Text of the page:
Norway’s tourism motto “powered by nature” reveals that nature is the country’s most valuable tourism asset, and we absolutely agree with that! We united our favorite places in Norway into an itinerary: it consists of national parks, fjords, waterfalls, scenic roads, and idyllic villages. Following our footsteps, you get to see tundra, arctic desert, and glaciers, and your path may cross with that of moose, reindeer, free-roaming sheep and prehistoric furry cows – muskoxen.
Norway Itinerary: Langsua National Park – Rondane National Park – Dovrefjell National Park – Atlantic Road – Trollstigen - Geiranger – Jostedalsbreen National Park – Sognefjorden – Breheimen National Park – Jotunheimen National Park
If you look at the map of Norway´s national parks, you will notice that a great part of them is gathered in the south of Norway. If you look at the terrain’s map, you will see that the national parks are located where the tallest mountains are. In order to spend time on a trail and not driving, you may well focus on the south of Norway.
The first national Park on our itinerary is just 190 km from Oslo. You can also reach it easily from the Swedish border if you are entering Norway from Sweden, driving up from the ferry in Trelleborg.
The elevation of ~1km already allows you to experience a different climate zone – the tundra. The trees are small and quirky and the woods consist basically of fir-trees and birches. The ground is often swampy, but the abundance of green moss makes the scenery lively and interesting!
The mountains of the following national Park on the itinerary – Rondane are even taller. The mountain plateaus are covered with nothing but grass, moss, lichen, swamps and shallow mountain lakes.
Dovrefjell National Park is famous for muskoxen - 1,5 m tall cows covered with thick fur! Looking for them on high mountain plateaus, you may either do a long 26 km loop trek or a short 10 km one.
The following video is an experience report about our adventures in Langsua, Rodane and Dovrejell National parks: we show you what these places are like, where we searched (and found) spots for wild camping, the condition of the trails and our muskoxen-safari.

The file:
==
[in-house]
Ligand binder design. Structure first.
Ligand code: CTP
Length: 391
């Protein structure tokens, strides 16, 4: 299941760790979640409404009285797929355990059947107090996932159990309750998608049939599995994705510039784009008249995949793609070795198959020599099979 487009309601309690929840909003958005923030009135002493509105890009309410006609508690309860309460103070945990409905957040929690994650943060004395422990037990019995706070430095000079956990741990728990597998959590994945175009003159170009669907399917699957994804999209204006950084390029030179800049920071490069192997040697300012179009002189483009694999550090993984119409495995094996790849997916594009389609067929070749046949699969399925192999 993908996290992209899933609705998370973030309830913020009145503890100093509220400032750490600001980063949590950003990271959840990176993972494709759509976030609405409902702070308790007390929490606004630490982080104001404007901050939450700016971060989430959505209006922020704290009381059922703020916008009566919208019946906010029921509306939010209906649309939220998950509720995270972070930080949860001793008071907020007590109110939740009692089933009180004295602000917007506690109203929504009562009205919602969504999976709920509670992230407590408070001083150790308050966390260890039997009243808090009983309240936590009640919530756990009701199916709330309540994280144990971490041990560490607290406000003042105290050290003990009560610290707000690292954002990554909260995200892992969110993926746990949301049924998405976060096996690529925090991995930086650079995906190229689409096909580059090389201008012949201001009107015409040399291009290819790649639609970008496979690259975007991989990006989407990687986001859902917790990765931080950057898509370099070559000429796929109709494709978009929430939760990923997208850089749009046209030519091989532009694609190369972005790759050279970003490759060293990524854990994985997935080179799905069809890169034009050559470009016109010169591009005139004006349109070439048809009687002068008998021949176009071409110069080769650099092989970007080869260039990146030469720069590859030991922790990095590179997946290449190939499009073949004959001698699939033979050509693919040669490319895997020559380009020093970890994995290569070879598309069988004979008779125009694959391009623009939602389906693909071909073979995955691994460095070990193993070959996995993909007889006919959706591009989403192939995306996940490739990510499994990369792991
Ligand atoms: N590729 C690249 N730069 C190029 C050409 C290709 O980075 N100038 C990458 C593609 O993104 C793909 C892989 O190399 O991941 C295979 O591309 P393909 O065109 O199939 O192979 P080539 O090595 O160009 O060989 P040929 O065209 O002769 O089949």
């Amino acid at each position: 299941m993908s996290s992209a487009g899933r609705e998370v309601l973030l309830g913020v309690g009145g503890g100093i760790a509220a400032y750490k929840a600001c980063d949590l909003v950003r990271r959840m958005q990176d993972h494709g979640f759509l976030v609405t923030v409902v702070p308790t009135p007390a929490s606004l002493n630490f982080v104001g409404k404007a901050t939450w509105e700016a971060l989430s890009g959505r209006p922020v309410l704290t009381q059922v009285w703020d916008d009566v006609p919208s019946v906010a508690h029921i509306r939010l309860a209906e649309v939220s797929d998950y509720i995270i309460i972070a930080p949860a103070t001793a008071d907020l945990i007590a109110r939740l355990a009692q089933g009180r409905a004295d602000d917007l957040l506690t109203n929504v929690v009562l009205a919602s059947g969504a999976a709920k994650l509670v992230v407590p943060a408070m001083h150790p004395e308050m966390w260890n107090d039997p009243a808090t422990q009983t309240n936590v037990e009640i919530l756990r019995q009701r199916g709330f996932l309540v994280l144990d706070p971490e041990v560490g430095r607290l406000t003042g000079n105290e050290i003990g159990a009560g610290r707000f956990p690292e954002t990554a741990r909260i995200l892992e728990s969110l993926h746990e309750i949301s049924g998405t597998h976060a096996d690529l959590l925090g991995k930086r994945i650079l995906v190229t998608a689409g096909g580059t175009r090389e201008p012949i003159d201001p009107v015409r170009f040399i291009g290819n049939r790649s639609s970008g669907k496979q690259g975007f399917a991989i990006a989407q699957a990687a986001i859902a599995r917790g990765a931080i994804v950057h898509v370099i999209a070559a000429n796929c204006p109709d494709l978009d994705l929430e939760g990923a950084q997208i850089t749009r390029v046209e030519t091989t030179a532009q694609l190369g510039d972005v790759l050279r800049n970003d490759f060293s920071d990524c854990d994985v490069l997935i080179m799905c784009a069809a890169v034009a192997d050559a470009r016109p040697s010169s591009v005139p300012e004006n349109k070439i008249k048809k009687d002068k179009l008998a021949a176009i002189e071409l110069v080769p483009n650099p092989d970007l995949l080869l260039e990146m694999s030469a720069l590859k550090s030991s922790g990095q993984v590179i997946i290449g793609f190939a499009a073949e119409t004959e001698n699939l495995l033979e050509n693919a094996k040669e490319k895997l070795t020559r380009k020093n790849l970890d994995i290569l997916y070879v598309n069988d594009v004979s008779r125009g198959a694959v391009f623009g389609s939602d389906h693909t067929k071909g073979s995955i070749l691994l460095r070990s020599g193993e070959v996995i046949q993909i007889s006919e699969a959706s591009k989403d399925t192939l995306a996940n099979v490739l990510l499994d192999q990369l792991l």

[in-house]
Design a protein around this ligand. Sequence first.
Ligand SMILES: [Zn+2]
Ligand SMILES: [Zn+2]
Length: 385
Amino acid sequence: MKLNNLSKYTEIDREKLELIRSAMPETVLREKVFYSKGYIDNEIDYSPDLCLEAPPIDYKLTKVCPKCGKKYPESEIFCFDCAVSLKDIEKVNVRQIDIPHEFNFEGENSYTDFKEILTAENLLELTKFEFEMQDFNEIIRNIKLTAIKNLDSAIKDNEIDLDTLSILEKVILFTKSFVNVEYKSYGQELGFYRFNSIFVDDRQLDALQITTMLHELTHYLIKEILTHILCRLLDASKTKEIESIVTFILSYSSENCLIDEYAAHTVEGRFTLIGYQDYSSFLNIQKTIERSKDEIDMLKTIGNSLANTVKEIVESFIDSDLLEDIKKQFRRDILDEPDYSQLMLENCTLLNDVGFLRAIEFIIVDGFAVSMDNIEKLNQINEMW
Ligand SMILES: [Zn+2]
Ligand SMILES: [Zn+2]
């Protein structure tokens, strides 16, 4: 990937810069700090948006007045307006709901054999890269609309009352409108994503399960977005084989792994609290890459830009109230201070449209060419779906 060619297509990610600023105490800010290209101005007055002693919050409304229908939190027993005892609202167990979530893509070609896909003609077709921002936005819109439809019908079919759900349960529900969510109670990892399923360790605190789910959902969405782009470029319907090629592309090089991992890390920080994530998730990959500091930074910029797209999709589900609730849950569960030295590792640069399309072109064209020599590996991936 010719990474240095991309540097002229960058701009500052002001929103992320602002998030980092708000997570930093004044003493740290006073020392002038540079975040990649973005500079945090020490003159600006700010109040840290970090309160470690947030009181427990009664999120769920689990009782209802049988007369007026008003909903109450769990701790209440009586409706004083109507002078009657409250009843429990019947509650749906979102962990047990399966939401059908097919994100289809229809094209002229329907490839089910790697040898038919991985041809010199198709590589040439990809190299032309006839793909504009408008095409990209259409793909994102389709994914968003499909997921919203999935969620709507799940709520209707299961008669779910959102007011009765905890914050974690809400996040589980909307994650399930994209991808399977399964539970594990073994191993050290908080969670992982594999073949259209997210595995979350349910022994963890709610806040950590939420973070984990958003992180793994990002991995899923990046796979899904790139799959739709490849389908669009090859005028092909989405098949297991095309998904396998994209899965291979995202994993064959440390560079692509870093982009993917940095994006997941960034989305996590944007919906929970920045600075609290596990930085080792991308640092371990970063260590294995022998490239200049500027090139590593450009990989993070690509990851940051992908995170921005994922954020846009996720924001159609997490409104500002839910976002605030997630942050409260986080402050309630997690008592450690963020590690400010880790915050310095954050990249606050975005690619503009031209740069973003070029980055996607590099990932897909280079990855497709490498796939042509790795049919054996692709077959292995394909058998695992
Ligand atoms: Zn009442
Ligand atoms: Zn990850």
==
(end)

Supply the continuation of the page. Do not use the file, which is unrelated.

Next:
With the new James Bond movie 🎥 coming out in April 2020, its venue the Atlantic Road is sure to get internationally famous! This might be a good reason to drive this scenic road right now.
The Norwegian road crosses minor islands on the coast of the Norwegian Sea. The man-made curves of the bridges connecting islands only add to the natural beauty of the place. There are several parking lots along the highway so that you may get out of your car, stroll by the water or just chill and enjoy the views, and the fresh sea air. If you want to go off the beaten path, continue exploring the coastal roads and visit modern fishing villages.
Cross on a ferry from Sølsnes Ferjekai to Äfarnes. And from Valldalen to Eidsdal. Taking a ferry in Norway is sightseeing itself. Not only will you enjoy the breathtaking views of the fjords from the deck of a ferry, but often even the architecture of the ferry terminals is an interesting sight as well. You don't have to book any tickets in advance to get on a ferry: the tickets are bought either before boarding or directly on the ferry.